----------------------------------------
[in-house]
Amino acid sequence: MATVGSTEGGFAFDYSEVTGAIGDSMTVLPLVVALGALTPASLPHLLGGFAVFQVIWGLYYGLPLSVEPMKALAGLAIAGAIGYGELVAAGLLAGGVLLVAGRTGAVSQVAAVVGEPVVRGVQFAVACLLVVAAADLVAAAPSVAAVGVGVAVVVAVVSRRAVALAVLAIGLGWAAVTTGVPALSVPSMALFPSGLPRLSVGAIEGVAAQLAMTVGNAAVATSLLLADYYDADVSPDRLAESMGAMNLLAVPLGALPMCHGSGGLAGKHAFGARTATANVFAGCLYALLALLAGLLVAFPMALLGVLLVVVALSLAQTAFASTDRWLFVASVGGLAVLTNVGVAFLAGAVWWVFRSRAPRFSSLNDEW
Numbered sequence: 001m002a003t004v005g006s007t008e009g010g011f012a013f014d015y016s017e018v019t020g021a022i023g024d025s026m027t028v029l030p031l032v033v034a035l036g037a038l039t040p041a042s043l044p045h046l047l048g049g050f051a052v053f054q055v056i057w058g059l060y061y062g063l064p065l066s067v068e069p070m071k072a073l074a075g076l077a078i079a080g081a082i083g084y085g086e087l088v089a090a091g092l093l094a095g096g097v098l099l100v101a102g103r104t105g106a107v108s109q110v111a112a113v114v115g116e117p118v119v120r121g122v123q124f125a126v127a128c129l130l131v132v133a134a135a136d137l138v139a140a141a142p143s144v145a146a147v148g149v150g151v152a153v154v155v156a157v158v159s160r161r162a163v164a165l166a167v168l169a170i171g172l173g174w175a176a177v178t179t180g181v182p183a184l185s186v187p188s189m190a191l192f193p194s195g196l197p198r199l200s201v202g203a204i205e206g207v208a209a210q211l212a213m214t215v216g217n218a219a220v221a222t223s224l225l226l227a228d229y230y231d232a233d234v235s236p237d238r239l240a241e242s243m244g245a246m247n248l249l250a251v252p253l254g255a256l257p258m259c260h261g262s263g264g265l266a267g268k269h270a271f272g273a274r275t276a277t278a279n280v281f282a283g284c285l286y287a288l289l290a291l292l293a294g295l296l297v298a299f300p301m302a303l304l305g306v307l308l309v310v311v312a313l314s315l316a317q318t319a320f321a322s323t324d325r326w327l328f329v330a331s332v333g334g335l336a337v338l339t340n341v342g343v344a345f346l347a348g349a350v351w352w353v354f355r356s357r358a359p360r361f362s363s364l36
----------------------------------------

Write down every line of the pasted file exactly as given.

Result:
[in-house]
Amino acid sequence: MATVGSTEGGFAFDYSEVTGAIGDSMTVLPLVVALGALTPASLPHLLGGFAVFQVIWGLYYGLPLSVEPMKALAGLAIAGAIGYGELVAAGLLAGGVLLVAGRTGAVSQVAAVVGEPVVRGVQFAVACLLVVAAADLVAAAPSVAAVGVGVAVVVAVVSRRAVALAVLAIGLGWAAVTTGVPALSVPSMALFPSGLPRLSVGAIEGVAAQLAMTVGNAAVATSLLLADYYDADVSPDRLAESMGAMNLLAVPLGALPMCHGSGGLAGKHAFGARTATANVFAGCLYALLALLAGLLVAFPMALLGVLLVVVALSLAQTAFASTDRWLFVASVGGLAVLTNVGVAFLAGAVWWVFRSRAPRFSSLNDEW
Numbered sequence: 001m002a003t004v005g006s007t008e009g010g011f012a013f014d015y016s017e018v019t020g021a022i023g024d025s026m027t028v029l030p031l032v033v034a035l036g037a038l039t040p041a042s043l044p045h046l047l048g049g050f051a052v053f054q055v056i057w058g059l060y061y062g063l064p065l066s067v068e069p070m071k072a073l074a075g076l077a078i079a080g081a082i083g084y085g086e087l088v089a090a091g092l093l094a095g096g097v098l099l100v101a102g103r104t105g106a107v108s109q110v111a112a113v114v115g116e117p118v119v120r121g122v123q124f125a126v127a128c129l130l131v132v133a134a135a136d137l138v139a140a141a142p143s144v145a146a147v148g149v150g151v152a153v154v155v156a157v158v159s160r161r162a163v164a165l166a167v168l169a170i171g172l173g174w175a176a177v178t179t180g181v182p183a184l185s186v187p188s189m190a191l192f193p194s195g196l197p198r199l200s201v202g203a204i205e206g207v208a209a210q211l212a213m214t215v216g217n218a219a220v221a222t223s224l225l226l227a228d229y230y231d232a233d234v235s236p237d238r239l240a241e242s243m244g245a246m247n248l249l250a251v252p253l254g255a256l257p258m259c260h261g262s263g264g265l266a267g268k269h270a271f272g273a274r275t276a277t278a279n280v281f282a283g284c285l286y287a288l289l290a291l292l293a294g295l296l297v298a299f300p301m302a303l304l305g306v307l308l309v310v311v312a313l314s315l316a317q318t319a320f321a322s323t324d325r326w327l328f329v330a331s332v333g334g335l336a337v338l339t340n341v342g343v344a345f346l347a348g349a350v351w352w353v354f355r356s357r358a359p360r361f362s363s364l36